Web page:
Like the rest of life, it's a balancing act. And the attentiveness we bring to it gives life edge and meaning.

I guess part of the balancing act involves being in the moment and engaged and also capable of stepping outside it and seeing context or the wider view. It's a process a little like working with a zoom lens, focussing in on the immediate and then going wide for the wide-angle view, where each element becomes smaller but their interconnectedness is more the focus.

These are July musings, in the luxury of some of the best summer weather I can remember (we could do with more rain, but we've had rain some evenings and sun in the days, so the gardens are way ahead). It's time to enjoy local tomatoes, the purple "green beans" hanging on the bean plants out in the garden (so beautiful!), the raspberries and blackberries at the market, the last of the cherries...

And as I explore the homecooking traditions of Burma, I'm engaging with fish. (In this warm weather I leave doors and window open, so there's a breeze that carries cooking smells away. The house and garden have a very tropical feel these days, seamlessly connected by soft air and greenness flowing through the house.)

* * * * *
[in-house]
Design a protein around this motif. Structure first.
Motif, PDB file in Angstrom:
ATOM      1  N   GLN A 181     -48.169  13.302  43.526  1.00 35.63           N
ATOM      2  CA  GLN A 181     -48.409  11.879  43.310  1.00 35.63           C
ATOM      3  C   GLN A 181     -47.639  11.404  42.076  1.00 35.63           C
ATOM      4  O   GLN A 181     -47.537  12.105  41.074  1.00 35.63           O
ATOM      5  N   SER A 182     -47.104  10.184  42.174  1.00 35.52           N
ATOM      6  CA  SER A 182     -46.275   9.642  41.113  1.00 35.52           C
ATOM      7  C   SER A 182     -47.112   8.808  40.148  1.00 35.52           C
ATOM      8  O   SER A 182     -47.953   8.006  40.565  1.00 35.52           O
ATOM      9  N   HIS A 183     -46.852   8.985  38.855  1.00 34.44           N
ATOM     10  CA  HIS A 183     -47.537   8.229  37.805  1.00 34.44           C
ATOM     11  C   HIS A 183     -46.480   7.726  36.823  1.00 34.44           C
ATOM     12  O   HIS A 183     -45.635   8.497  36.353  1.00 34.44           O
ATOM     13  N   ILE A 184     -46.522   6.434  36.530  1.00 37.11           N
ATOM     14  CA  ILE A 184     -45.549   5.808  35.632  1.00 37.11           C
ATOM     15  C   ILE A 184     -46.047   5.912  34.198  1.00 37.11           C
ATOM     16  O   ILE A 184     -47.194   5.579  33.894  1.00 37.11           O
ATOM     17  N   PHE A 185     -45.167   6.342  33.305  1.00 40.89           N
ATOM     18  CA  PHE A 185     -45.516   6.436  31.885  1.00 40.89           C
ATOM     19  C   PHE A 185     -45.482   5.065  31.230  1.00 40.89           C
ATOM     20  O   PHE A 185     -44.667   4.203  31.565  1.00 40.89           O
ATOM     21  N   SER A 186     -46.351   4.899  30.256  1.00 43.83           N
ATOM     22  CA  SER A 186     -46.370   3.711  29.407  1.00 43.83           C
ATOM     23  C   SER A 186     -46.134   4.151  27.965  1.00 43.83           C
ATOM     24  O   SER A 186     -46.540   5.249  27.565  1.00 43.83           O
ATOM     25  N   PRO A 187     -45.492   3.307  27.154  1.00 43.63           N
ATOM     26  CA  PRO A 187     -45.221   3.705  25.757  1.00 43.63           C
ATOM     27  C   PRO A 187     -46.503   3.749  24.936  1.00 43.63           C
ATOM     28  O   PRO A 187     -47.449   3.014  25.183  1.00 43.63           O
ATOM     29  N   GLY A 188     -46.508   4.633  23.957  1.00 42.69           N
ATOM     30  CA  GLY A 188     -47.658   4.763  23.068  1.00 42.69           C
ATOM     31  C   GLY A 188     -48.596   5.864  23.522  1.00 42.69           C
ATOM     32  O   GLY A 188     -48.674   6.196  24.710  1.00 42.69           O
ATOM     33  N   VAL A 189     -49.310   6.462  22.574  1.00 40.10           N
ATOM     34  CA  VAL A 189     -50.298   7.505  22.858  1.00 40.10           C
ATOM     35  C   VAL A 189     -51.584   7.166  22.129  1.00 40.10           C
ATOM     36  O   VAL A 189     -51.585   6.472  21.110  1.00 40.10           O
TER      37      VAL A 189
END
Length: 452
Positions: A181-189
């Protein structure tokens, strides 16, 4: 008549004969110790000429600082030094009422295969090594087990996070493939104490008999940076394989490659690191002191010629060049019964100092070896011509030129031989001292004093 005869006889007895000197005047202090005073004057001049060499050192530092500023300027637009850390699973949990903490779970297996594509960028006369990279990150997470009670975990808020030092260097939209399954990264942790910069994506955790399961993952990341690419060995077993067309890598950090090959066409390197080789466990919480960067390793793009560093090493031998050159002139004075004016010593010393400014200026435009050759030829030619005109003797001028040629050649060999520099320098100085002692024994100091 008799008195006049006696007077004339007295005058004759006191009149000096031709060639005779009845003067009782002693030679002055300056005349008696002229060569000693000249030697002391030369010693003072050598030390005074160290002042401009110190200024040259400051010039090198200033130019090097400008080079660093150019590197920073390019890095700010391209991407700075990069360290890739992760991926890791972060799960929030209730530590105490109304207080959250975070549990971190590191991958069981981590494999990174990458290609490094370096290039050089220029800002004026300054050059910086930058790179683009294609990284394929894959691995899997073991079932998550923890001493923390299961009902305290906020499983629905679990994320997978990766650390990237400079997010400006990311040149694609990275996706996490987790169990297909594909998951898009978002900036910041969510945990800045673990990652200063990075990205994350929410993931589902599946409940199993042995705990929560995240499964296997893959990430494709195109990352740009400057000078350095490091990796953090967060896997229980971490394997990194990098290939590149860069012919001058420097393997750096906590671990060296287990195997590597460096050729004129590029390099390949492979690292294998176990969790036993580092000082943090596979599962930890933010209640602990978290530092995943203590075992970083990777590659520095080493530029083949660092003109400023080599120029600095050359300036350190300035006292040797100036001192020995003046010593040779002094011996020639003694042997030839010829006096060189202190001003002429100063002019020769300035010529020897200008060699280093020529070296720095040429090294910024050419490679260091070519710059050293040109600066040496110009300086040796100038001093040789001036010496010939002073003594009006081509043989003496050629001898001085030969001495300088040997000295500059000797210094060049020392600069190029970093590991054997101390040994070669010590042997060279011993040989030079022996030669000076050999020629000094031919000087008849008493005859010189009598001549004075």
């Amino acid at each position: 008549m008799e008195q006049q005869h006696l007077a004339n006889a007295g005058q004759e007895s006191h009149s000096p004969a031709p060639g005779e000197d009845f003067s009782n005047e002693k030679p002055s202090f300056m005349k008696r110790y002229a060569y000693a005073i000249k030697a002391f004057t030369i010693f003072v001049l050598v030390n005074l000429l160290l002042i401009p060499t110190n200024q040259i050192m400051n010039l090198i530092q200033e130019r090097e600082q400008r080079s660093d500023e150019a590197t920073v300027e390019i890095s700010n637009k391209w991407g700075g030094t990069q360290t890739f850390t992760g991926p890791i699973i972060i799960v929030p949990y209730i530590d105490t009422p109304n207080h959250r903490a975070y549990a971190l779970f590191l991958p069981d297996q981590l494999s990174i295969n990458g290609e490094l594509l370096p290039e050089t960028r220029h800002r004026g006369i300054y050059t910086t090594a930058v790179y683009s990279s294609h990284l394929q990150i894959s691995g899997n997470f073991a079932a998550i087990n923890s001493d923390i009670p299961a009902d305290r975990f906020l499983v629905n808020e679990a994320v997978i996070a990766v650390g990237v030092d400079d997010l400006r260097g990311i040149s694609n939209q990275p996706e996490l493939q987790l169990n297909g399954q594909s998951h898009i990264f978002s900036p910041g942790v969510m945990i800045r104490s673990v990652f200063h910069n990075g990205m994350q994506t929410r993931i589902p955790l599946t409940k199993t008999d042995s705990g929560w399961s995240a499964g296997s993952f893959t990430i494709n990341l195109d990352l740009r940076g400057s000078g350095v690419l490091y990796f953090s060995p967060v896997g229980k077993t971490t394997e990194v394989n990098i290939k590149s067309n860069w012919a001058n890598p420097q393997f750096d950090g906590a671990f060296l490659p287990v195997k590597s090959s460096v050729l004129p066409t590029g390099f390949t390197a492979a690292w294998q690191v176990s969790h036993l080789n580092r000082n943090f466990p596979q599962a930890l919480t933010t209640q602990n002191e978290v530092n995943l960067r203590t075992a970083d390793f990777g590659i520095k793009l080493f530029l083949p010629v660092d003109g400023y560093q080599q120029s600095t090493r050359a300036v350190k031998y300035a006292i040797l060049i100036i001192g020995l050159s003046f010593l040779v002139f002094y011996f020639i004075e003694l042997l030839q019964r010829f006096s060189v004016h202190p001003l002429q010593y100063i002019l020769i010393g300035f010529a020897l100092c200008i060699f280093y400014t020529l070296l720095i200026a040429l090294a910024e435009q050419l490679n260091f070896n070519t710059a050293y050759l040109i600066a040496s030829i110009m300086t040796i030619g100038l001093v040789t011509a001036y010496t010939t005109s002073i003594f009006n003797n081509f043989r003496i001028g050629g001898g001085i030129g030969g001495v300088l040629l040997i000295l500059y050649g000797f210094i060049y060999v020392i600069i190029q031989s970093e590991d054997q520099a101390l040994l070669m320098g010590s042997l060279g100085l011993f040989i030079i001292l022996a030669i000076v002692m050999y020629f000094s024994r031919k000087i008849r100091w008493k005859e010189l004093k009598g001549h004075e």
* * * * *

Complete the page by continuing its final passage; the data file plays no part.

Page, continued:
This week has been full of soups, fish broth for sour soups (there's sour soup with vegetables in it at almost all lunch tables in central Burma, delicious and refreshing in the heat), for a soup with lemongrass and ginger, and for a mohinga from the Rakhine coast (where food is more chile hot, the west coast south of Bangladesh). I also messed around with a chickpea soup, cooking chickpeas (garbanzos for some of you) unsoaked and comparing that to the cooking time if they are soaked overnight. it does indeed make a difference, soaking them. It knocks an hour or more off the cooking time. And by the way, the soup is satisfying, easy to make, a keeper for sure. (It's flavored with minced shallots fried in oil, and with lemongrass etc.)